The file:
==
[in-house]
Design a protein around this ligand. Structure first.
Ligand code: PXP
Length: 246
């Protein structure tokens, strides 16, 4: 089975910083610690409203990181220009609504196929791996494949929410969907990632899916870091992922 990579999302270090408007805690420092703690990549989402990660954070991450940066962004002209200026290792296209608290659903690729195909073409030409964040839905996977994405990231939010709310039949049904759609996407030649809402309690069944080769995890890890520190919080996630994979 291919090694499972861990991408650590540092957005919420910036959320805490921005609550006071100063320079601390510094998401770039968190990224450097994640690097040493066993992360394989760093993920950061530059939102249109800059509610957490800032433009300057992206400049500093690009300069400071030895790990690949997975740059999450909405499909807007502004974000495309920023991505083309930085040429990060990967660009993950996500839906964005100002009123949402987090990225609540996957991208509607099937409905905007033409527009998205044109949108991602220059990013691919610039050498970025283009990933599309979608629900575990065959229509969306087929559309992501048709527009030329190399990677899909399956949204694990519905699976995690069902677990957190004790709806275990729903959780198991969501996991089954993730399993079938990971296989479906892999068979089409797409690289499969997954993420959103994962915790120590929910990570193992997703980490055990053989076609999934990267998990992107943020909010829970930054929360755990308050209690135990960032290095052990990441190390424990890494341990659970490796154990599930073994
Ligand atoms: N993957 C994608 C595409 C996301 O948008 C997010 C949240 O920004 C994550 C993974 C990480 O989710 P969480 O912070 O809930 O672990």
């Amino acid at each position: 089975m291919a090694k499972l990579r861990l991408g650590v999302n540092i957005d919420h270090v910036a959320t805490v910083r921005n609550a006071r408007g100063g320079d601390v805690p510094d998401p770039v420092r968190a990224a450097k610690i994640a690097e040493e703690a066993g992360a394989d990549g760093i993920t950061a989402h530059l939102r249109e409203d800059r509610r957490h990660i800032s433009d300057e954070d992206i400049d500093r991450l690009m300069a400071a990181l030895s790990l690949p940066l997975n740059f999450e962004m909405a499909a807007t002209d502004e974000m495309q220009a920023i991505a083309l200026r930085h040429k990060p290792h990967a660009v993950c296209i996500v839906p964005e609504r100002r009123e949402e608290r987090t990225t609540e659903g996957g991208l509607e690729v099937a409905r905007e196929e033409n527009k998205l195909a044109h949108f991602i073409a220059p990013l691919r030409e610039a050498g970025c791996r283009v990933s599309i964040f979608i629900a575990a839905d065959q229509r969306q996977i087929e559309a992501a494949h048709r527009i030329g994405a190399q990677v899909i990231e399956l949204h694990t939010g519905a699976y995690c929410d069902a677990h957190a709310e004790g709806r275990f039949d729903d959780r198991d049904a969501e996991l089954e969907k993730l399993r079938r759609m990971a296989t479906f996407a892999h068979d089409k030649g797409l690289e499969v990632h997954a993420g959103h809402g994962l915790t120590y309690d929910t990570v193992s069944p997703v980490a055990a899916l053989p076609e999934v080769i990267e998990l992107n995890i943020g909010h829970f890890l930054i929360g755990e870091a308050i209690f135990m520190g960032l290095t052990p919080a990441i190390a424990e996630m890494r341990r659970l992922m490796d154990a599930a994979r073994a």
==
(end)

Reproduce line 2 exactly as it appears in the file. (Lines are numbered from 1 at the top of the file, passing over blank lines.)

Design a protein around this ligand. Structure first.